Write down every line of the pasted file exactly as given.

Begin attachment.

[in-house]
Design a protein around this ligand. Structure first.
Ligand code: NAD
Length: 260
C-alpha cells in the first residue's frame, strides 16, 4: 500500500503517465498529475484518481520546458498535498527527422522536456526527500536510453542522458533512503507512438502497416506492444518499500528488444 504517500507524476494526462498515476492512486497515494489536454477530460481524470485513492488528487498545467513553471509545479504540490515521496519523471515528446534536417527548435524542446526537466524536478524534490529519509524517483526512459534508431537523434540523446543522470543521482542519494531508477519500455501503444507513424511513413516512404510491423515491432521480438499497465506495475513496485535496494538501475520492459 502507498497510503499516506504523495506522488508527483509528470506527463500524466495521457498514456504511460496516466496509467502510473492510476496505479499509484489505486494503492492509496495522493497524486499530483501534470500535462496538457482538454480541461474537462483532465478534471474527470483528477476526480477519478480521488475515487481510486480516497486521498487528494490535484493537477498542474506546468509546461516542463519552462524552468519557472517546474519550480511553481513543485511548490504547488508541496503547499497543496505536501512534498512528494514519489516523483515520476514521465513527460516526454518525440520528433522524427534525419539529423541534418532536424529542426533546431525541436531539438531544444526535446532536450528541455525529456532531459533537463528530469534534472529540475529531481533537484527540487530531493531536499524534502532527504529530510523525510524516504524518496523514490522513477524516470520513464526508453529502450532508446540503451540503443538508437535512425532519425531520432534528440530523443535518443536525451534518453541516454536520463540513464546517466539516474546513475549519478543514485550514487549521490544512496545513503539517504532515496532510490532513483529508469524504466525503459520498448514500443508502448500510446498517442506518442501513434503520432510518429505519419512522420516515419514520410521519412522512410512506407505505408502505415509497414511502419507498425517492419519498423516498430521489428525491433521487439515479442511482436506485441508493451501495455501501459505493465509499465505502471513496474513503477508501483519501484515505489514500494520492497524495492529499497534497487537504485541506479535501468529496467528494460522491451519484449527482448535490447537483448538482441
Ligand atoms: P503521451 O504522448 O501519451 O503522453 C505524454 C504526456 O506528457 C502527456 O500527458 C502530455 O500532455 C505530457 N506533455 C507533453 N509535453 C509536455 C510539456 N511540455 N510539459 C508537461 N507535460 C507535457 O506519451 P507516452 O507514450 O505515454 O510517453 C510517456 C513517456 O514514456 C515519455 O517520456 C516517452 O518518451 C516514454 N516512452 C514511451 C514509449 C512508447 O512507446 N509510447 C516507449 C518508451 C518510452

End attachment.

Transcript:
[in-house]
Design a protein around this ligand. Structure first.
Ligand code: NAD
Length: 260
C-alpha cells in the first residue's frame, strides 16, 4: 500500500503517465498529475484518481520546458498535498527527422522536456526527500536510453542522458533512503507512438502497416506492444518499500528488444 504517500507524476494526462498515476492512486497515494489536454477530460481524470485513492488528487498545467513553471509545479504540490515521496519523471515528446534536417527548435524542446526537466524536478524534490529519509524517483526512459534508431537523434540523446543522470543521482542519494531508477519500455501503444507513424511513413516512404510491423515491432521480438499497465506495475513496485535496494538501475520492459 502507498497510503499516506504523495506522488508527483509528470506527463500524466495521457498514456504511460496516466496509467502510473492510476496505479499509484489505486494503492492509496495522493497524486499530483501534470500535462496538457482538454480541461474537462483532465478534471474527470483528477476526480477519478480521488475515487481510486480516497486521498487528494490535484493537477498542474506546468509546461516542463519552462524552468519557472517546474519550480511553481513543485511548490504547488508541496503547499497543496505536501512534498512528494514519489516523483515520476514521465513527460516526454518525440520528433522524427534525419539529423541534418532536424529542426533546431525541436531539438531544444526535446532536450528541455525529456532531459533537463528530469534534472529540475529531481533537484527540487530531493531536499524534502532527504529530510523525510524516504524518496523514490522513477524516470520513464526508453529502450532508446540503451540503443538508437535512425532519425531520432534528440530523443535518443536525451534518453541516454536520463540513464546517466539516474546513475549519478543514485550514487549521490544512496545513503539517504532515496532510490532513483529508469524504466525503459520498448514500443508502448500510446498517442506518442501513434503520432510518429505519419512522420516515419514520410521519412522512410512506407505505408502505415509497414511502419507498425517492419519498423516498430521489428525491433521487439515479442511482436506485441508493451501495455501501459505493465509499465505502471513496474513503477508501483519501484515505489514500494520492497524495492529499497534497487537504485541506479535501468529496467528494460522491451519484449527482448535490447537483448538482441
Ligand atoms: P503521451 O504522448 O501519451 O503522453 C505524454 C504526456 O506528457 C502527456 O500527458 C502530455 O500532455 C505530457 N506533455 C507533453 N509535453 C509536455 C510539456 N511540455 N510539459 C508537461 N507535460 C507535457 O506519451 P507516452 O507514450 O505515454 O510517453 C510517456 C513517456 O514514456 C515519455 O517520456 C516517452 O518518451 C516514454 N516512452 C514511451 C514509449 C512508447 O512507446 N509510447 C516507449 C518508451 C518510452